How to get an old version of macOS, OS X and Xcode

There are plenty of good reasons for wanting to install an old version of macOS or even OS X. It might be for an old Mac, or a new Virtual Machine, for example. Unfortunately installers aren’t always easy to come by, so in this article I explain the options offered by Apple for obtaining an official and properly signed installer for those versions, as well as how to download old versions of Xcode.

App Store

Apple’s support page lists all those installers currently available through the App Store and official downloads going back as far as OS X Yosemite. Simply click on the appropriate link, and that installer page will open in the App Store, where clicking on the Get button should start the download through the Software Update pane.


That will then invite you to confirm that you do want to download the old version.



Once that download completes, the installer app will open and probably inform you that it’s too old to install on that Mac. Look in the main Applications folder for the installer app, whose name should start with Install, and make a copy of that.


Sometimes that may not work, with macOS complaining that it isn’t capable of installing such an old version of macOS/OS X. Your fallback then, if you’re running Big Sur or Monterey, is to use the softwareupdate command in Terminal. First list the installers available using the command
softwareupdate --list-full-installers
(note that the option starts with two hyphens, not an m-dash)

This should return a list such as
Software Update found the following full installers:
* Title: macOS Monterey, Version: 12.1, Size: 12157035487K, Build: 21C52
* Title: macOS Monterey, Version: 12.0.1, Size: 12128428704K, Build: 21A559
* Title: macOS Big Sur, Version: 11.6.2, Size: 12433351292K, Build: 20G314
* Title: macOS Big Sur, Version: 11.6.1, Size: 12428472512K, Build: 20G224
* Title: macOS Big Sur, Version: 11.6, Size: 12428553042K, Build: 20G165
* Title: macOS Big Sur, Version: 11.5.2, Size: 12440916552K, Build: 20G95
* Title: macOS Catalina, Version: 10.15.7, Size: 8248985973K, Build: 19H15
* Title: macOS Catalina, Version: 10.15.7, Size: 8248854894K, Build: 19H2
* Title: macOS Catalina, Version: 10.15.6, Size: 8248781171K, Build: 19G2021
* Title: macOS Mojave, Version: 10.14.6, Size: 6038419486K, Build: 18G103
* Title: macOS High Sierra, Version: 10.13.6, Size: 5221689433K, Build: 17G66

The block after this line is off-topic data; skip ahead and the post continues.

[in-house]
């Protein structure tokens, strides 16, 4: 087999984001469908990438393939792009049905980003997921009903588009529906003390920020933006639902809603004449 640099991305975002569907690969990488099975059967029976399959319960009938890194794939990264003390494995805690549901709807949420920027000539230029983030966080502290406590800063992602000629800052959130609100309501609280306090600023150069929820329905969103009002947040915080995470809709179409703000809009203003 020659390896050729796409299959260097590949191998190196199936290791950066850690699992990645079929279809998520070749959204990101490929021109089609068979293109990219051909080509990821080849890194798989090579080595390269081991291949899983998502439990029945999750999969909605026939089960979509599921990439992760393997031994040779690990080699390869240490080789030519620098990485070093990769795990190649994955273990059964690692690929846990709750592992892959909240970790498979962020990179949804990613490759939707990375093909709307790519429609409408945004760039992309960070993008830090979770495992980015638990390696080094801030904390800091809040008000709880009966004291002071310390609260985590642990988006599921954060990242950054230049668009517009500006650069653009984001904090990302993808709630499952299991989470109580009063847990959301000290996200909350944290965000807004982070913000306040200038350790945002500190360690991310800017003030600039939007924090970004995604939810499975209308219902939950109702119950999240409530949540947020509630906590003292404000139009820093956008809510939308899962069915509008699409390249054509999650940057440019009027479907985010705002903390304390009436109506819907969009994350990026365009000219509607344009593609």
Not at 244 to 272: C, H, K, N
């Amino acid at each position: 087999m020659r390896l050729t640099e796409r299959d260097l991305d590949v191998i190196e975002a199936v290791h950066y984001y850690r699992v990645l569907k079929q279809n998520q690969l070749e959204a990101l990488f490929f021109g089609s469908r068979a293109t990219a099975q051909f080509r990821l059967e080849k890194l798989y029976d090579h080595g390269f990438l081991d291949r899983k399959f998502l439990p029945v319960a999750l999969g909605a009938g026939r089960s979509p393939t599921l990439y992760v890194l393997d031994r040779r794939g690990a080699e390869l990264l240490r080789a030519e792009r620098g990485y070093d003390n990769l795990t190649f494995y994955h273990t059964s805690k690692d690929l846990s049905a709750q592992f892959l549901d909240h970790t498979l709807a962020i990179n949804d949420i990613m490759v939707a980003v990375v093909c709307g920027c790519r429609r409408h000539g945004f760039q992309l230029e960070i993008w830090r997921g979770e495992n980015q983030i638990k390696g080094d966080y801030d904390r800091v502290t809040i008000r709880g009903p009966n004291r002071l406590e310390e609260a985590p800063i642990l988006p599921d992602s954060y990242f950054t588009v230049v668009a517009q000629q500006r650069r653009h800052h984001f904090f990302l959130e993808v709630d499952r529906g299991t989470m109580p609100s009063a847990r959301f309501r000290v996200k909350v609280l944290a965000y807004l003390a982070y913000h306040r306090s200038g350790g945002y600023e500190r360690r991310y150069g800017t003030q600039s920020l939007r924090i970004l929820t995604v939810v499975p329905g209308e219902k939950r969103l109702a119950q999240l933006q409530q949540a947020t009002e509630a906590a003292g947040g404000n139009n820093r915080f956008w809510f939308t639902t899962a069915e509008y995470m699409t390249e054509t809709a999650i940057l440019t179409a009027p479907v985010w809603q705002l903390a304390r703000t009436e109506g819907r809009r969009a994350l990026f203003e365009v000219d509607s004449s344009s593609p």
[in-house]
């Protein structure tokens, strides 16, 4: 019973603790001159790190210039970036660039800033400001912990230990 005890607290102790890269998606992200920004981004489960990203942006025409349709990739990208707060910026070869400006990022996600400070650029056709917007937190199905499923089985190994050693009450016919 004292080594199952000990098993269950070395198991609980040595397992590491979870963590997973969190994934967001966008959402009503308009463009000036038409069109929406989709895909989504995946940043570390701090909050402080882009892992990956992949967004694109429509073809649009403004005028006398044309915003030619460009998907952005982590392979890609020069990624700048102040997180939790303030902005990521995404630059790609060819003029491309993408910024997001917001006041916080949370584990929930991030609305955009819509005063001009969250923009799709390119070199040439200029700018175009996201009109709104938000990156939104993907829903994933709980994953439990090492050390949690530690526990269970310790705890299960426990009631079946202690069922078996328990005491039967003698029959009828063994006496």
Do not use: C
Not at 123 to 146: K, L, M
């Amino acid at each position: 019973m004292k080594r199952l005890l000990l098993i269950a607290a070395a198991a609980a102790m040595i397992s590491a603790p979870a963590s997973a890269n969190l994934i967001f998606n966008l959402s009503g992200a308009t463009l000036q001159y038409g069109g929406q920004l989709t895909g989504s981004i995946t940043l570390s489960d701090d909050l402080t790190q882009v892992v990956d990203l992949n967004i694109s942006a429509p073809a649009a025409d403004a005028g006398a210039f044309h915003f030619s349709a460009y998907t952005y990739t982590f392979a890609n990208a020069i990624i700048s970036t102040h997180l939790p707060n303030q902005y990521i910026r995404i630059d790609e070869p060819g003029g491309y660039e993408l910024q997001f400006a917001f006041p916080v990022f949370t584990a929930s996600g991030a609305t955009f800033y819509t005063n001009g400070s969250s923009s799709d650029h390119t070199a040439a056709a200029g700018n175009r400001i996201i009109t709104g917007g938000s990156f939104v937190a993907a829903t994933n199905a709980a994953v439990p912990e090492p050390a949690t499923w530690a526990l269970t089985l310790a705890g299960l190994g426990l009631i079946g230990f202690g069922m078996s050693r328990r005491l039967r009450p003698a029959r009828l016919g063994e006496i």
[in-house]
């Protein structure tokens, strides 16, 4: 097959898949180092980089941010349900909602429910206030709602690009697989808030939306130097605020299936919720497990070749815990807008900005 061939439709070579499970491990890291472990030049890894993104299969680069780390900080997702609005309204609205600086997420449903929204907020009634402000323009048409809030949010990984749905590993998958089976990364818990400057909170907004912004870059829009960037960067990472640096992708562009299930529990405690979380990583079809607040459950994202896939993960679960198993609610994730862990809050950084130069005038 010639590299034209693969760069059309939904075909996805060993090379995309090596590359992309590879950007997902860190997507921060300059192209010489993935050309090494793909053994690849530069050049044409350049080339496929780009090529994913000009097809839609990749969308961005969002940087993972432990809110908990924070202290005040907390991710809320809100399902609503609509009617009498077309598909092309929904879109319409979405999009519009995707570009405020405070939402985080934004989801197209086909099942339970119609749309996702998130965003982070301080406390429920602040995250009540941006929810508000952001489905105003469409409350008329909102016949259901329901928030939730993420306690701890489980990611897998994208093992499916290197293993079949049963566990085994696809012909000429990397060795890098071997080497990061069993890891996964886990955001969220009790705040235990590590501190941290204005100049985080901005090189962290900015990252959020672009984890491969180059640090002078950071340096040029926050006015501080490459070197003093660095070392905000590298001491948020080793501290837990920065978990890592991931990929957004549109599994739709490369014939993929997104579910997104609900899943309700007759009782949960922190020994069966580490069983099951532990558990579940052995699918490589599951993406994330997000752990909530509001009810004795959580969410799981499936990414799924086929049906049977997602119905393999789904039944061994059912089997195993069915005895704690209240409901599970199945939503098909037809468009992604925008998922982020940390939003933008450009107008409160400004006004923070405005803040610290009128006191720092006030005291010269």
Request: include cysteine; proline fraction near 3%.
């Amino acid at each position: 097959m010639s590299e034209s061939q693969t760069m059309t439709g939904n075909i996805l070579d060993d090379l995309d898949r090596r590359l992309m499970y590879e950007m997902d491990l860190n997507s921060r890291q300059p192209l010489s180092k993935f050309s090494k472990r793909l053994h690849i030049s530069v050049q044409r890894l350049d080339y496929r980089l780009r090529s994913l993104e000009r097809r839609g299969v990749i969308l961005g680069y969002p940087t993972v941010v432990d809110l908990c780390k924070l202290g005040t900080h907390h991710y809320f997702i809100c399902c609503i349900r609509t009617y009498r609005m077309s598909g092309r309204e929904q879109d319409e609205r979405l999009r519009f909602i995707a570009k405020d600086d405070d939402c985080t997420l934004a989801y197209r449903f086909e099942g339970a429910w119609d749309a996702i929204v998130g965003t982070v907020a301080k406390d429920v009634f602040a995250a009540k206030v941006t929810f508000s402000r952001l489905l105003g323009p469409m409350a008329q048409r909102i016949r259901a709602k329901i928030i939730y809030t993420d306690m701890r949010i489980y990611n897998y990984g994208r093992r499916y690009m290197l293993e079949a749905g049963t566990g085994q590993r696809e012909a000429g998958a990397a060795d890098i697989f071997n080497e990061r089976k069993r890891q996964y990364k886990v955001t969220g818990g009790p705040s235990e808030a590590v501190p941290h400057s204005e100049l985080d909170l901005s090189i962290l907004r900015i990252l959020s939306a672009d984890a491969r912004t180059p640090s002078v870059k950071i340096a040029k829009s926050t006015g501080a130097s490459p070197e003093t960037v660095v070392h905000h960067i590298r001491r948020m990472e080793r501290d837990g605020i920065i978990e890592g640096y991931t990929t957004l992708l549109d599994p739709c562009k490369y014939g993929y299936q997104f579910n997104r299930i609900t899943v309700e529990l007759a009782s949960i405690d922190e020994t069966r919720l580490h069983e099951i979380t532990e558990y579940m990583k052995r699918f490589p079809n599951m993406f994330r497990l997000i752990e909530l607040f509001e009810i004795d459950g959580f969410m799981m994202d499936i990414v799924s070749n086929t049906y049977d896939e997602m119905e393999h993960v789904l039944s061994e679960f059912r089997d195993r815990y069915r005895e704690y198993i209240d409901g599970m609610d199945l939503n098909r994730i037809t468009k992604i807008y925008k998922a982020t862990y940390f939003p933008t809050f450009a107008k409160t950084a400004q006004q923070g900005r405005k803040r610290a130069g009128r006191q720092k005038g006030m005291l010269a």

Having identified the version you want from the list that’s offered, use a command such as
softwareupdate -d --fetch-full-installer --full-installer-version 10.13.6
which will download the installer app to the main Applications folder, but not run it. Sadly, these options aren’t available in Catalina or earlier versions of macOS, and there’s no substitute or workaround.


The snag with both of these methods is deleting that installer app once you’re done with it. It’s disappointing to see that some bright spark has decided that these old installer apps should be partially protected by SIP. When you try to empty the Trash, you may be (incorrectly) told that they’re still in use, and they’ll be left there to annoy you every time you try to empty the Trash.

The solution is tedious: restart in Recovery, there open Terminal and type in the command
csrutil disable
to disable SIP. Then restart normally, empty the Trash, restart in Recovery again, in Terminal there type the command
csrutil enable
to enable SIP again, and restart.


If you need Xcode or its command line tools for an older version of macOS/OS X, you’ll be aware that those aren’t available in the App Store, which only offers the current version. Unfortunately, obtaining those older versions and their tools isn’t so easy. To do so, you’ll need to have an Apple Developer account (which doesn’t necessarily require that you pay a subscription), and use this link to list all available there. They do go back a very long way, but without a developer account, I don’t know of any way of reaching them.

Thanks to those who have asked about these recently, including Christian and @Sam_Ohanaware.